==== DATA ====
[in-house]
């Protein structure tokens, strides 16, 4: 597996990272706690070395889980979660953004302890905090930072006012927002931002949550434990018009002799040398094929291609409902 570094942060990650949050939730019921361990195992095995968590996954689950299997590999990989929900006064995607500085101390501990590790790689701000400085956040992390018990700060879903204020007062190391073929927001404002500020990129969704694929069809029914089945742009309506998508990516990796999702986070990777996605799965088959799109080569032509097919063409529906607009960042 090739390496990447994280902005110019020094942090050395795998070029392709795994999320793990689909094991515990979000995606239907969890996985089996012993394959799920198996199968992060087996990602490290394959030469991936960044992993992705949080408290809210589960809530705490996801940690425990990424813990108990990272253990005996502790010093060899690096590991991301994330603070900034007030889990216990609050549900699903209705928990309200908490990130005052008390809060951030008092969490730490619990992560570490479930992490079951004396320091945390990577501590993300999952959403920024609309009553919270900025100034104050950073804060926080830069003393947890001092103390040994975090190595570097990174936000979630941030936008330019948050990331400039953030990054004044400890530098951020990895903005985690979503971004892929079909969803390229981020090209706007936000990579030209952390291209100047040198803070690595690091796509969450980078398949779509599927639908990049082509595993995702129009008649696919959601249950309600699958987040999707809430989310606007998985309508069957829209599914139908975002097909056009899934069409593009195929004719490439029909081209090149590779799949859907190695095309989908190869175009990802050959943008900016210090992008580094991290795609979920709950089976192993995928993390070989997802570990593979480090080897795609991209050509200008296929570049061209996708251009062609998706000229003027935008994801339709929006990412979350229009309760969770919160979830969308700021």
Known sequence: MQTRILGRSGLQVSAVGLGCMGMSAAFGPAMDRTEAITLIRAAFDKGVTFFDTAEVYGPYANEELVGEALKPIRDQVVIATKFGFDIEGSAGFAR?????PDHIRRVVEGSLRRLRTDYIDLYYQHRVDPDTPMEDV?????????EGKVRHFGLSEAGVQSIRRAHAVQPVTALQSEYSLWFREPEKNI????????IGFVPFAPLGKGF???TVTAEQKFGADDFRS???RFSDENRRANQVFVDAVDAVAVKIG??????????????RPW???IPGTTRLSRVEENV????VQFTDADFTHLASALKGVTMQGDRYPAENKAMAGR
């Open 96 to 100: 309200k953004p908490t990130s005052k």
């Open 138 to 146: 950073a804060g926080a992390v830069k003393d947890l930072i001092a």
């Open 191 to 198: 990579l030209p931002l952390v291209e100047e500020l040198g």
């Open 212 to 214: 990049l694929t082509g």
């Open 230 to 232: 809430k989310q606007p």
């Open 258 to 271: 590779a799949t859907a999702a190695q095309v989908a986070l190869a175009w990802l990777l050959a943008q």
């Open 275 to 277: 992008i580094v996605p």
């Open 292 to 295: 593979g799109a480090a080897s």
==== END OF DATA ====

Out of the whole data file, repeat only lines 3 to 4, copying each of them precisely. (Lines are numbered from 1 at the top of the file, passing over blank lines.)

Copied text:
Known sequence: MQTRILGRSGLQVSAVGLGCMGMSAAFGPAMDRTEAITLIRAAFDKGVTFFDTAEVYGPYANEELVGEALKPIRDQVVIATKFGFDIEGSAGFAR?????PDHIRRVVEGSLRRLRTDYIDLYYQHRVDPDTPMEDV?????????EGKVRHFGLSEAGVQSIRRAHAVQPVTALQSEYSLWFREPEKNI????????IGFVPFAPLGKGF???TVTAEQKFGADDFRS???RFSDENRRANQVFVDAVDAVAVKIG??????????????RPW???IPGTTRLSRVEENV????VQFTDADFTHLASALKGVTMQGDRYPAENKAMAGR
């Open 96 to 100: 309200k953004p908490t990130s005052k």